Investors have scrambled to find low risk, income generating stocks this year, but there are some good candidates that have yet to participate in the rally. Teva Pharmaceutical Industries (NASDAQ:TEVA) is one such candidate. Its longer-term stock chart is an unusual one; the stock had a remarkably muted reaction to the financial crisis of 2008-2009, went on to set record highs in early 2010, but has been trending down since.
A Good Company in a Good Industry
Teva is well known as the world's largest generic drug company. Generics are on the better side of the so-called "patent cliff" that the major drug companies now face. As many major drug patents expire, the generics will swoop in with cheaper substitutes. This year and the next are big years in terms of patent expirations, which bodes well for generics in the next few years. Cost pressures in health care systems in many countries will lead to continuing pressures on doctors to prescribe cheaper generic drugs, when available. Teva is well positioned here due to its size and infrastructure, not least so in terms of entry into emerging markets, the most promising area for long-term growth.
Teva is not strictly a generic drug company, but also the world's 11th largest specialty drug manufacturer. It is here that Teva will run into challenges in the coming years. Most notably Copaxone, a multiple sclerosis drug, contributes 20% of Teva's revenue and a larger share of its profits. Copaxone is coming off patent in 2015, which is the most likely reason that Teva's valuation has remained subdued. While Teva is sure to take a hit when Copaxone comes off patent, the company's long-term opportunities should not be forgotten. As others have pointed out on Seeking Alpha, Teva does have a significant development pipeline.
Teva's strategy going forward is a conservative one. The company will no longer be engaging in large acquisitions, but rather focusing on increasing operational efficiency (potential for cost savings are estimated to be between $1.5 and 2.0 billion) and increasing its global presence, particularly in emerging markets.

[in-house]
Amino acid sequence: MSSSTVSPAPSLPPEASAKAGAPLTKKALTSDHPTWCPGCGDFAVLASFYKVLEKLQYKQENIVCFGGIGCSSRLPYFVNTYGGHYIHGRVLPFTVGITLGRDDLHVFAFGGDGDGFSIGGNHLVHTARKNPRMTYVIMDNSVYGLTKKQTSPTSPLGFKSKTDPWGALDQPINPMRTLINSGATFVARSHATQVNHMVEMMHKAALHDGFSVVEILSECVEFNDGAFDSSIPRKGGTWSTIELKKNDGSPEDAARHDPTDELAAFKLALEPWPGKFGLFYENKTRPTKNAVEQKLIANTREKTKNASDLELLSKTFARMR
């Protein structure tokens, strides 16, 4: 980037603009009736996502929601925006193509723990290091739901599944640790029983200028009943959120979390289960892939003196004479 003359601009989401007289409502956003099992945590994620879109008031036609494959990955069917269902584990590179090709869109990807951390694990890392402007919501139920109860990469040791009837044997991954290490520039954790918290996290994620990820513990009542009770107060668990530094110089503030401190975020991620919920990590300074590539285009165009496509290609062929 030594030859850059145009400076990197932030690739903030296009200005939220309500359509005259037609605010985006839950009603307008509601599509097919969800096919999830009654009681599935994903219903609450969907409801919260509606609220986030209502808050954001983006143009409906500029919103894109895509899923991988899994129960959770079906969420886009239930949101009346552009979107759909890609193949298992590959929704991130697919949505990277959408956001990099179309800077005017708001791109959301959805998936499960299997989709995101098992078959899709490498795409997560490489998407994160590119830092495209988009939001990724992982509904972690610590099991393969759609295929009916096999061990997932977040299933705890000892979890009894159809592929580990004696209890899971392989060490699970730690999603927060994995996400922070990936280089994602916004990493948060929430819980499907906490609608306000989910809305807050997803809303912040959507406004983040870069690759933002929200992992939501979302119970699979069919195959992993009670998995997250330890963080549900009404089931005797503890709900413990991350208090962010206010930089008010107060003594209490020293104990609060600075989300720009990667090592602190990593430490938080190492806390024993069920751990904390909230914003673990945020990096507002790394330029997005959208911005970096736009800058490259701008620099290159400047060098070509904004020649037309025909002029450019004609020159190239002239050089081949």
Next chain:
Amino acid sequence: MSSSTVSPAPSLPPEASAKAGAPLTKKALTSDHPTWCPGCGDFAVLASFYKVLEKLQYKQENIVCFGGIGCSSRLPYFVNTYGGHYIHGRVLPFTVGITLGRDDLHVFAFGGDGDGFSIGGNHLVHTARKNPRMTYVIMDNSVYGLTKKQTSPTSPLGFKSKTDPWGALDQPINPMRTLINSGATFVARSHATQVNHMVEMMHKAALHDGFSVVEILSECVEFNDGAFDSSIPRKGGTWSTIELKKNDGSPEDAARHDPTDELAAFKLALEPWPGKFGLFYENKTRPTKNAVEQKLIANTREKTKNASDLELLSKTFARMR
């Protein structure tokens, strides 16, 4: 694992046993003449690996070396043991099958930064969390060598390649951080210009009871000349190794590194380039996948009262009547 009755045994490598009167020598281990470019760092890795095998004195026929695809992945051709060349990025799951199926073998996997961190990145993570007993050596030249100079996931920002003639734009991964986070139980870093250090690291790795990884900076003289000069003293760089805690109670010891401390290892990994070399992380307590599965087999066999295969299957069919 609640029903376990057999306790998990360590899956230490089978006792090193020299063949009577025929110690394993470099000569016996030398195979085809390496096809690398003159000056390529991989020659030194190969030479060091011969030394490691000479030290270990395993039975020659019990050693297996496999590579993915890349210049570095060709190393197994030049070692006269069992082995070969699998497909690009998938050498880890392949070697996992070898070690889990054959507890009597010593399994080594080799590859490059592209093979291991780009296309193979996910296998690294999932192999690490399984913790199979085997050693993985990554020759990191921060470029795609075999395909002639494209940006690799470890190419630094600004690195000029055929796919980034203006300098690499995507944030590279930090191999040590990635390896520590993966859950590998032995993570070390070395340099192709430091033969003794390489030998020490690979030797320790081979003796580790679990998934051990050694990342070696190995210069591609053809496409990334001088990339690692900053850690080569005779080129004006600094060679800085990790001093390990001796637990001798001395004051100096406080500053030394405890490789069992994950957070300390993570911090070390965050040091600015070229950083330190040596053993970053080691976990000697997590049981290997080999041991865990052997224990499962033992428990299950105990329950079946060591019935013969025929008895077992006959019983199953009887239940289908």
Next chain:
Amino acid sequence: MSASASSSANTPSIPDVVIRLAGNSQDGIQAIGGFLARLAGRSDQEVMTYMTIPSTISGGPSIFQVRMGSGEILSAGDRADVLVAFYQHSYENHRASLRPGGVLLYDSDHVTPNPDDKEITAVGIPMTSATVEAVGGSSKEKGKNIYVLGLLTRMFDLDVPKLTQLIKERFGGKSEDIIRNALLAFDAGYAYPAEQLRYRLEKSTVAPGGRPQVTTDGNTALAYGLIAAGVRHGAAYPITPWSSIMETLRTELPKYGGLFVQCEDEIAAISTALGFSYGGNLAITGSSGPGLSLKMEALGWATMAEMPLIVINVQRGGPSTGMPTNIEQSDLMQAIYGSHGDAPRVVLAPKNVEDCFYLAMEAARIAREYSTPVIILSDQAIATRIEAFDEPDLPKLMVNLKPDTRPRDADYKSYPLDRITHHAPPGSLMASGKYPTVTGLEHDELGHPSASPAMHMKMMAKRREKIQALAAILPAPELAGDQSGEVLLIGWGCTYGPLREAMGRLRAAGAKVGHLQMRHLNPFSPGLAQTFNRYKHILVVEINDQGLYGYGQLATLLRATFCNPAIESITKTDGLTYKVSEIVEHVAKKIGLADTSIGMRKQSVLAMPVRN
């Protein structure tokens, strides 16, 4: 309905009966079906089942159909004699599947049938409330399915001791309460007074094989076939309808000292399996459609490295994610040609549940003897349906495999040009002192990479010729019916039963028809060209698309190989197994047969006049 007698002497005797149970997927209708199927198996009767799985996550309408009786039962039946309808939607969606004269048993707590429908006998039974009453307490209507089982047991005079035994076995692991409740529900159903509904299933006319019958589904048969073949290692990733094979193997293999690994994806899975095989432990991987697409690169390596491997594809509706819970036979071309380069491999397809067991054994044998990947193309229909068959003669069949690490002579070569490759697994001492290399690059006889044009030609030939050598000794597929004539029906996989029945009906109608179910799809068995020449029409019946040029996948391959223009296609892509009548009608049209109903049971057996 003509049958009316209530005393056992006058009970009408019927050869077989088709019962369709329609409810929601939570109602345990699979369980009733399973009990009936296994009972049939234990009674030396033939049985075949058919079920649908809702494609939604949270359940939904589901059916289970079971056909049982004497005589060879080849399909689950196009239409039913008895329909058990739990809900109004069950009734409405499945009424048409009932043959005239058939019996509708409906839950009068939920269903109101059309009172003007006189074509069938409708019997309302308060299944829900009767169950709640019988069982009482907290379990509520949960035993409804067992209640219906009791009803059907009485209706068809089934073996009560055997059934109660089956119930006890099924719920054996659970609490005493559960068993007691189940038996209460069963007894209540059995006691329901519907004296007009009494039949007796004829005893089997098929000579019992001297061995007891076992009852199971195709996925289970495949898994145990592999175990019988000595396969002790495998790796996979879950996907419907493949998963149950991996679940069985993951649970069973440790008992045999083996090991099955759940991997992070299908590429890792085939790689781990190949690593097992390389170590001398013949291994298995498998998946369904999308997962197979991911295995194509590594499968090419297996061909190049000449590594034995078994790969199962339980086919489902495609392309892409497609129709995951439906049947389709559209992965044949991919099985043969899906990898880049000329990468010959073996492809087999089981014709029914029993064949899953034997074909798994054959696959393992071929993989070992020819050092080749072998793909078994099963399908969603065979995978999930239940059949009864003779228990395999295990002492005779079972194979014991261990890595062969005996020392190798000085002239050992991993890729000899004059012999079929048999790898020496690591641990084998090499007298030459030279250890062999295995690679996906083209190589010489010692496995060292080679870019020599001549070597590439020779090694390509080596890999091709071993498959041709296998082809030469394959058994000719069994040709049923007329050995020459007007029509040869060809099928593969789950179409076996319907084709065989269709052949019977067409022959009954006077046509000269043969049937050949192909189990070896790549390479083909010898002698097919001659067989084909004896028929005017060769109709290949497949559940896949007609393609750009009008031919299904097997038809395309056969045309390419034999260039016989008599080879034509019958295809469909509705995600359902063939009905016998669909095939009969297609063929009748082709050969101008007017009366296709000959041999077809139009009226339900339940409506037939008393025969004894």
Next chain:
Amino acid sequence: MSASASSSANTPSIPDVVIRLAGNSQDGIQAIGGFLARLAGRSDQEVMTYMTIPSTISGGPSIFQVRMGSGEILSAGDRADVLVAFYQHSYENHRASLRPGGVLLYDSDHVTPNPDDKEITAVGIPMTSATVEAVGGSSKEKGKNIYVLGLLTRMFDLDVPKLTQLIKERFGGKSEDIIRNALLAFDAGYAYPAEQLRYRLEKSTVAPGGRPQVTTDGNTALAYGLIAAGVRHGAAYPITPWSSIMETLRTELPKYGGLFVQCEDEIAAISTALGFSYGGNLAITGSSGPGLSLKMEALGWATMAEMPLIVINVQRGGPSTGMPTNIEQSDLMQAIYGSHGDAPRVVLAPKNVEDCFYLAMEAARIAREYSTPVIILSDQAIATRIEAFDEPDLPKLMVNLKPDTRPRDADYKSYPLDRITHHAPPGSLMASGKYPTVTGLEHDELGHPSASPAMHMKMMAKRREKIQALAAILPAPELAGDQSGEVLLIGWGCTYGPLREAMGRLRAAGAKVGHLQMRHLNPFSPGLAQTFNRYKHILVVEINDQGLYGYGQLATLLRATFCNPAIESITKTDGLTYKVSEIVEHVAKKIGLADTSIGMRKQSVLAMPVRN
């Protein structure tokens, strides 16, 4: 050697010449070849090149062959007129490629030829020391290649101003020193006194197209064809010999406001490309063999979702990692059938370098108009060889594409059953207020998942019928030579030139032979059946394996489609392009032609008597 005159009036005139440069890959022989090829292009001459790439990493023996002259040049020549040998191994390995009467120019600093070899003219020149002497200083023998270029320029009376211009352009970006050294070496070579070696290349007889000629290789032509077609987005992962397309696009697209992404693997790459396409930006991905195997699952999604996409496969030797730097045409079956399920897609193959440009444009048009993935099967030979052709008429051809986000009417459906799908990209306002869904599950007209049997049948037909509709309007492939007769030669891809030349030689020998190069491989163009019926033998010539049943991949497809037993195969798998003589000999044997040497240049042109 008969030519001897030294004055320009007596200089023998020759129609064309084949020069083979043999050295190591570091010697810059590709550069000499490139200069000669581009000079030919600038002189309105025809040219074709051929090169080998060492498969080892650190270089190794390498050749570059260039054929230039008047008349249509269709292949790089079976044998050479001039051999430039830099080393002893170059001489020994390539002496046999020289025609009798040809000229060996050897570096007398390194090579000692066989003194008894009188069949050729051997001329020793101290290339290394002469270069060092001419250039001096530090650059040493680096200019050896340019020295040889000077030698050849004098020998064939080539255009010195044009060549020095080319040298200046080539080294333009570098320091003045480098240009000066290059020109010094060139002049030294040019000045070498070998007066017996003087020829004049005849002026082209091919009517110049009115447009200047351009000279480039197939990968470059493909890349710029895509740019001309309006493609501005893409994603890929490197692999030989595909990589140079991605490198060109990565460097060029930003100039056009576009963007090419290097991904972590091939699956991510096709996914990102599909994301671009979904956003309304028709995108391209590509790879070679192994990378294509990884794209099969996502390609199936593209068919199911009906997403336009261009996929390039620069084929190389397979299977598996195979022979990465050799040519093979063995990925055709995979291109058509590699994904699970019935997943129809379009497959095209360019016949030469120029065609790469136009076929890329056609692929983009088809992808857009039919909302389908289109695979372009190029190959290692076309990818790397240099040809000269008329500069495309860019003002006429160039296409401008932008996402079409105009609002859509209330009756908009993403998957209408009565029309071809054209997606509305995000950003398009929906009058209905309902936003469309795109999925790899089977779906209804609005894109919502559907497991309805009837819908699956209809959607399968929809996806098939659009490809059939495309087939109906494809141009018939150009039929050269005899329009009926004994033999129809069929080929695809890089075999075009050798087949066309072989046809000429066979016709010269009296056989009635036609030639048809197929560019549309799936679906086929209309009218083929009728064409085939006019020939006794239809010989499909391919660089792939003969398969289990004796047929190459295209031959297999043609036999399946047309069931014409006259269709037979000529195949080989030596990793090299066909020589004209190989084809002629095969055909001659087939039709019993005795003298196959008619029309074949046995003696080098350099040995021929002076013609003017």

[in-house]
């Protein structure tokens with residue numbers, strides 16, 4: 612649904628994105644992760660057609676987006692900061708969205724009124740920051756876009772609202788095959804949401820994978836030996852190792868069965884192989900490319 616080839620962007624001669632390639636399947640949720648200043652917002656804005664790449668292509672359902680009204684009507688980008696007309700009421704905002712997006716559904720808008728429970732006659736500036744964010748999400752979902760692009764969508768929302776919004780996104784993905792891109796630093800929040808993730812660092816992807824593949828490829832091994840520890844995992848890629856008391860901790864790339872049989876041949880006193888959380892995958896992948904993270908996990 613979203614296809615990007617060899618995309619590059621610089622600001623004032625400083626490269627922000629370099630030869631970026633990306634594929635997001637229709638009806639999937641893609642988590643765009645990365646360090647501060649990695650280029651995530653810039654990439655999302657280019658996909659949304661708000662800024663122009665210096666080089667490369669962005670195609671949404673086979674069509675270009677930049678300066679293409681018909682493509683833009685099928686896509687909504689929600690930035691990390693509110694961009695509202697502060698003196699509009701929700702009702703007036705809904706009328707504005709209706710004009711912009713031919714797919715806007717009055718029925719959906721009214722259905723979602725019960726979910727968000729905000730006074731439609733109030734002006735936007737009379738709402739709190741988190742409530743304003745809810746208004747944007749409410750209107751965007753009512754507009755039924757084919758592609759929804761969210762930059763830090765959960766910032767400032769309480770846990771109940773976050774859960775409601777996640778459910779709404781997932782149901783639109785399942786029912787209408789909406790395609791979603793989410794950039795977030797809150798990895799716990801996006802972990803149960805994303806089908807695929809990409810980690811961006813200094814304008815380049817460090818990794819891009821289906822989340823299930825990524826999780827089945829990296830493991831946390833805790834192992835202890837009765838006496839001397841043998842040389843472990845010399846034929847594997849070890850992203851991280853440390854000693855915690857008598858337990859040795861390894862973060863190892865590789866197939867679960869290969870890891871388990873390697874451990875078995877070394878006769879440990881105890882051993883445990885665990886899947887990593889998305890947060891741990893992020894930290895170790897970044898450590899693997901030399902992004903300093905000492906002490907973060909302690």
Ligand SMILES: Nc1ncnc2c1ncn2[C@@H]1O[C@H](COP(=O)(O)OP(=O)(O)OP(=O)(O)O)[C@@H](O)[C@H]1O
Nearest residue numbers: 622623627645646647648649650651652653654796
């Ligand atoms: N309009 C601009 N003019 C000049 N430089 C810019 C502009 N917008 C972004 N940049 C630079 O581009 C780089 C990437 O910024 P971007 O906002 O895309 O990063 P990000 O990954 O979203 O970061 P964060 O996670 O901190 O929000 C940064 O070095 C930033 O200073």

Source: Company presentation
While a pharmaceutical company's pipeline is always a source of some uncertainty, I believe Teva has a limited downside from current prices. Financial leverage is fairly low (roughly 2X EBITDA), valuation is modest (forward P/E is 7.3), and management's strategy has taken a conservative turn away from large acquisitions. The 26 analysts covering the company estimate that earnings per share in 2014 will be between 4.91 and 5.94 dollars per share -- not too wide a range, and even at the lower end of the range an investment can be made with a decent margin of safety.
For investors who are not enticed by low and rising bond yields and prefer to generate income by staying near the safer end of the stock spectrum, Teva is certainly worth a look. At the time of writing, its dividend yield is 2.9%.
Disclosure: I am long TEVA. I wrote this article myself, and it expresses my own opinions. I am not receiving compensation for it (other than from Seeking Alpha). I have no business relationship with any company whose stock is mentioned in this article.